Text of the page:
Archive for the ‘Reviews’ Category

The promise and disappointment of Dragon Wing


Returning to books and films you liked when you were young is an exciting but also slightly risky endeavour. It’s fun to rediscover old familiar territory, but there’s a very real risk that that old wonderland will turn out to have been a plastic swing, a see-saw and some sand with cat-poo buried in the corners.

And so, it was with some trepidation that I recently went back to Dragon Wing, the first book in the Death’s Gate septology by Margaret Weiss and Tracy Hickmann. I remembered it as a great world, but not the greatest story. And I was proven right.

Please note: this is a book review. But it is also a post about world building. There might be more to come on that topic, so if that’s your bone, stay tuned!

The sundered world

Dragon World takes place in Arianus, the world of sky. It is indicated that this takes place in “our” world sometime in a future in which the world has been split into four (or five, or more) worlds. Two races of powerful magicians, the Sartan and the Patryn, fought for control over the world, and rather let the Patryn win the whole world, the Sartan split the world. They made four worlds corresponding to the elements, and created the Labyrinth, a prison for the Patryn. Several hundred years later, the first Patryn are reaching the end of the Labyrinth into the glorious city of Nexus, and through the Death’s Gate into the four worlds to which the “mench” races of humans, elves and dwarves have been transported. But where are the Sartan? And why are the worlds failing?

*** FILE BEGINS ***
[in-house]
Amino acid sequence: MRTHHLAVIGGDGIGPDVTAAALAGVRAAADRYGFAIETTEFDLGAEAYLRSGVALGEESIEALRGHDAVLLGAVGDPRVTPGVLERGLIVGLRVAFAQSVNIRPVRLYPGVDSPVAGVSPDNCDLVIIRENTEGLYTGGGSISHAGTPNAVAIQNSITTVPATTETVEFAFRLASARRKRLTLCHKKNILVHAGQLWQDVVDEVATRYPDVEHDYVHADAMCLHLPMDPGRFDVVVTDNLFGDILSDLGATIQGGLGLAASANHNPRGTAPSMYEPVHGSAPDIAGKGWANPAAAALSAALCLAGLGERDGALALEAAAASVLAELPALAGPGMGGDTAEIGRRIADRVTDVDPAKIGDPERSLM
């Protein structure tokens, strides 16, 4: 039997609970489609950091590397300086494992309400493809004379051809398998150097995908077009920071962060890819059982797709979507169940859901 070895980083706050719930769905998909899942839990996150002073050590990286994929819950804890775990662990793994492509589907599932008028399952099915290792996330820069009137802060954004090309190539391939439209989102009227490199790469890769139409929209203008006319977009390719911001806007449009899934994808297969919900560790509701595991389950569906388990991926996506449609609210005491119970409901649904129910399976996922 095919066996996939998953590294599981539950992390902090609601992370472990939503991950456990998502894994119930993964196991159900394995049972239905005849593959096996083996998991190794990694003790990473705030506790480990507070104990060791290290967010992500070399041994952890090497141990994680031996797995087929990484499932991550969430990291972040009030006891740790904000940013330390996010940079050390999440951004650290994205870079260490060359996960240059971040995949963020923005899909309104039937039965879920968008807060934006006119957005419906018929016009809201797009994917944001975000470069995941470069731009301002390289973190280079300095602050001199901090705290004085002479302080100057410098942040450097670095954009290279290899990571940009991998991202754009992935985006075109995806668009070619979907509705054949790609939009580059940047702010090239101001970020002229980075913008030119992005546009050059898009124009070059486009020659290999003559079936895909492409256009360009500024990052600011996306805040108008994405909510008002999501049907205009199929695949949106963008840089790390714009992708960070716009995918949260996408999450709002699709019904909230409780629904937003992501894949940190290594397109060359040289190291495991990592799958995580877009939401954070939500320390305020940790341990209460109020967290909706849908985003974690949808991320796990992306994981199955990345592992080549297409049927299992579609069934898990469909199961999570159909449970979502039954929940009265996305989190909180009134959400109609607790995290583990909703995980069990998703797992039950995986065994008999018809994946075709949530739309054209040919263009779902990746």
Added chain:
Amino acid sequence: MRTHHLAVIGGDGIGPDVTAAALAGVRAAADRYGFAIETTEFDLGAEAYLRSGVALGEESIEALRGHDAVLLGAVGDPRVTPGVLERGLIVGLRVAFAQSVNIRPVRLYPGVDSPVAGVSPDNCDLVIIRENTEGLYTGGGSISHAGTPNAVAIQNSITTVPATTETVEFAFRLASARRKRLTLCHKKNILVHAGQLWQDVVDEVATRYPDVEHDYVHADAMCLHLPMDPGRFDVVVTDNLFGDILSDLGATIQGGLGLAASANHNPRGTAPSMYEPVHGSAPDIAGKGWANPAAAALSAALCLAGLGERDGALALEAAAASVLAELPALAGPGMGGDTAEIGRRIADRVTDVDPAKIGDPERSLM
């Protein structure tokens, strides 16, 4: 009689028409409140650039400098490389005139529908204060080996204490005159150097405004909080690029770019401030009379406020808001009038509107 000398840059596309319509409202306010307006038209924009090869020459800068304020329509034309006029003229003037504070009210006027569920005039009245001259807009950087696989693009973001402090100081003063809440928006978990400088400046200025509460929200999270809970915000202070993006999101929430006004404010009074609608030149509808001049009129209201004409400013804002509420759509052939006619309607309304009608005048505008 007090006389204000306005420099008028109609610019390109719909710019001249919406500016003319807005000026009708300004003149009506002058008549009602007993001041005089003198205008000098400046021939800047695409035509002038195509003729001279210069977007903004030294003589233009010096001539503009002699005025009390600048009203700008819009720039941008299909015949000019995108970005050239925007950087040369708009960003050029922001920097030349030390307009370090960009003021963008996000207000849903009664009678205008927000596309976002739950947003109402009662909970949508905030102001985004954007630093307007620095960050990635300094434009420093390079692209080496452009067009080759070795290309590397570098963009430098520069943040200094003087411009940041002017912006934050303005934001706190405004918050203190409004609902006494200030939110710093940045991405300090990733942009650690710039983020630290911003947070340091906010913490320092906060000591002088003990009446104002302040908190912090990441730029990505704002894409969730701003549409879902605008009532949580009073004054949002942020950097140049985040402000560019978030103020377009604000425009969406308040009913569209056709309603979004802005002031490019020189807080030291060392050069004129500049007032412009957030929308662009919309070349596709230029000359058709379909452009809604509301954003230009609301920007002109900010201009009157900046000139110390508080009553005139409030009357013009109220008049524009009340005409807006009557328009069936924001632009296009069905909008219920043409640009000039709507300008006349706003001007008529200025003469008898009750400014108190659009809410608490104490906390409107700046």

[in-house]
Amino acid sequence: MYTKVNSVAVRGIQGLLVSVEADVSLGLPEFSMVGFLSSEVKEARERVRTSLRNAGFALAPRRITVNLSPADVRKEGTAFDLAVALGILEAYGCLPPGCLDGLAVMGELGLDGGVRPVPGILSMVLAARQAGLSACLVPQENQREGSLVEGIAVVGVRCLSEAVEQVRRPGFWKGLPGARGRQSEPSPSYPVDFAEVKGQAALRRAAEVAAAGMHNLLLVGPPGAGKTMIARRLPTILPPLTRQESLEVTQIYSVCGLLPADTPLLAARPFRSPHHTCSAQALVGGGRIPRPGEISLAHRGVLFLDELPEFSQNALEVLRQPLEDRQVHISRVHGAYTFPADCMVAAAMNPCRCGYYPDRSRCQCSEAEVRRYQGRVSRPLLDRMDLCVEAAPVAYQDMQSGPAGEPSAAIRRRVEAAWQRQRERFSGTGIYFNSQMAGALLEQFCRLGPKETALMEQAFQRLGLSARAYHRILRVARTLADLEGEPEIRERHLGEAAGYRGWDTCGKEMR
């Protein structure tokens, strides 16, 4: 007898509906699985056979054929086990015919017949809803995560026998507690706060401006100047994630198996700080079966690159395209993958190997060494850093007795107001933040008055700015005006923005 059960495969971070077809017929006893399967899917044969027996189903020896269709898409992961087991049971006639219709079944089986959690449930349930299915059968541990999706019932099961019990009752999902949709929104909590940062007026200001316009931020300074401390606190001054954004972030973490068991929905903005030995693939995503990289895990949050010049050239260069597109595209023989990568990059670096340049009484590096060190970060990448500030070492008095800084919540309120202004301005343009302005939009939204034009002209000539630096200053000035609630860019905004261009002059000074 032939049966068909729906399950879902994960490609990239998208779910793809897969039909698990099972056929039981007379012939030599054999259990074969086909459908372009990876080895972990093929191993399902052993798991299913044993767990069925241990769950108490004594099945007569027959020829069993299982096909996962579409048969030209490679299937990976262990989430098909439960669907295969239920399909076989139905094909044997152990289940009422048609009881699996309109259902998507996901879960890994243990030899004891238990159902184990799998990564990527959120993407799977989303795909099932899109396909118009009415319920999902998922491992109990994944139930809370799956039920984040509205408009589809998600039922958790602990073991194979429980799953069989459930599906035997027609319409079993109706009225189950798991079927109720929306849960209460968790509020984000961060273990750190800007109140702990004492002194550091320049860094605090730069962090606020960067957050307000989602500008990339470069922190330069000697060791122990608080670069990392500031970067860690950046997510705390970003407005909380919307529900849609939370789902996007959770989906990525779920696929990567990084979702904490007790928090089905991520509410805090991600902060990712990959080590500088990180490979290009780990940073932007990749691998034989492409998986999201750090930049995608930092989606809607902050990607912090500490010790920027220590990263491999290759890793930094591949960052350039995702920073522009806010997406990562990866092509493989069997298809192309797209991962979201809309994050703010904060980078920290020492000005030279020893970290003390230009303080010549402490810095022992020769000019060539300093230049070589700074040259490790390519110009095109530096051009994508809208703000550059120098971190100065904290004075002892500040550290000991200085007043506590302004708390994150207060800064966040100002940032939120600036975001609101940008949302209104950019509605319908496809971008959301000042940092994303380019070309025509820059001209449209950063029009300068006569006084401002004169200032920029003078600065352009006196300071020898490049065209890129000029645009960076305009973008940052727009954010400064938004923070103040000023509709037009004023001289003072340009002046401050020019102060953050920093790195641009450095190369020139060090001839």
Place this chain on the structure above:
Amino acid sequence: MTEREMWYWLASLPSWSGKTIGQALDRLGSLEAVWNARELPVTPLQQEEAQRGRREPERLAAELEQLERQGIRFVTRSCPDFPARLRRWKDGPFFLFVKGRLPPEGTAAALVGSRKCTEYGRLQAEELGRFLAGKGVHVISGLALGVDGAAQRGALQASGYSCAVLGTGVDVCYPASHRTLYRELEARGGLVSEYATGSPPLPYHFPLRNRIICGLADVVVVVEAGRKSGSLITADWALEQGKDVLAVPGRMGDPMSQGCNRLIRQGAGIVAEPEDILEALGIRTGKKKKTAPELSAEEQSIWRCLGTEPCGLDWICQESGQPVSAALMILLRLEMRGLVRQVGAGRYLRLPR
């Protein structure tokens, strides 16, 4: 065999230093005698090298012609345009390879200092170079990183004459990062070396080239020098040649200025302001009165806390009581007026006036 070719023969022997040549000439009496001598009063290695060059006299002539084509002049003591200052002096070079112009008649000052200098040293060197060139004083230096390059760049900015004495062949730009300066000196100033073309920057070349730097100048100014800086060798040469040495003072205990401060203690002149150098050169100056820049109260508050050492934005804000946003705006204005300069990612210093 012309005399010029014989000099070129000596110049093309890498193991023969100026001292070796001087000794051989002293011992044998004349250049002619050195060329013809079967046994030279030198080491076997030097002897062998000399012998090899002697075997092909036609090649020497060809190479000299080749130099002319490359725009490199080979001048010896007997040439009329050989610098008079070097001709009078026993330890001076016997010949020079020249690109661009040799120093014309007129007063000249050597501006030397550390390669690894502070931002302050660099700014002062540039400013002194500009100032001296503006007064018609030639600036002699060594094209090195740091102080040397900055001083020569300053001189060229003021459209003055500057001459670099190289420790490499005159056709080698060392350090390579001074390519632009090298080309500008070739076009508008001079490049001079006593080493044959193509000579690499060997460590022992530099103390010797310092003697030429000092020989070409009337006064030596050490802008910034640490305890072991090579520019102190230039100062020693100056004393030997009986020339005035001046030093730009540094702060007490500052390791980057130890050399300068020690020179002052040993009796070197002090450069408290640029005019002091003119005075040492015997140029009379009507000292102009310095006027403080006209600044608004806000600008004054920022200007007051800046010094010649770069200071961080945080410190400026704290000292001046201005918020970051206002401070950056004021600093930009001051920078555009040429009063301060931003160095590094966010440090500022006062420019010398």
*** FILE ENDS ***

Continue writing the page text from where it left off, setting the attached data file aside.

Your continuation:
The first book takes place solely on the World of Sky, Arianus. The people of Arianus live on floating islands of coralite, a porous material that secreted by a worm – like coral. The coralite is filled with a gas, keeping it floating in the air.

The floating islands of Arianus fall in three layers. In the Middle Realm, the elves and humans fight a long standing war, with human dragon riders raiding elves and elven dragon ships attacking human settlements. In the High Realm, the Mysteriarchs, the most powerful of all human wizards, have secluded themselves from the world. And down below, the Gegs (or dwarves to anyone but themselves) serve the great machine, the Kicksey-Winsey, every geg serving the great machine in some capacity for a significant portion of their lives. The machine is autonomous, seemingly has a will of its own, and is revered by the Gegs who serve it without really knowing why or what the purpose of the machine is. It does, however, produce a number of trerribly useful byproducts, like wooden beams, cloth – and water.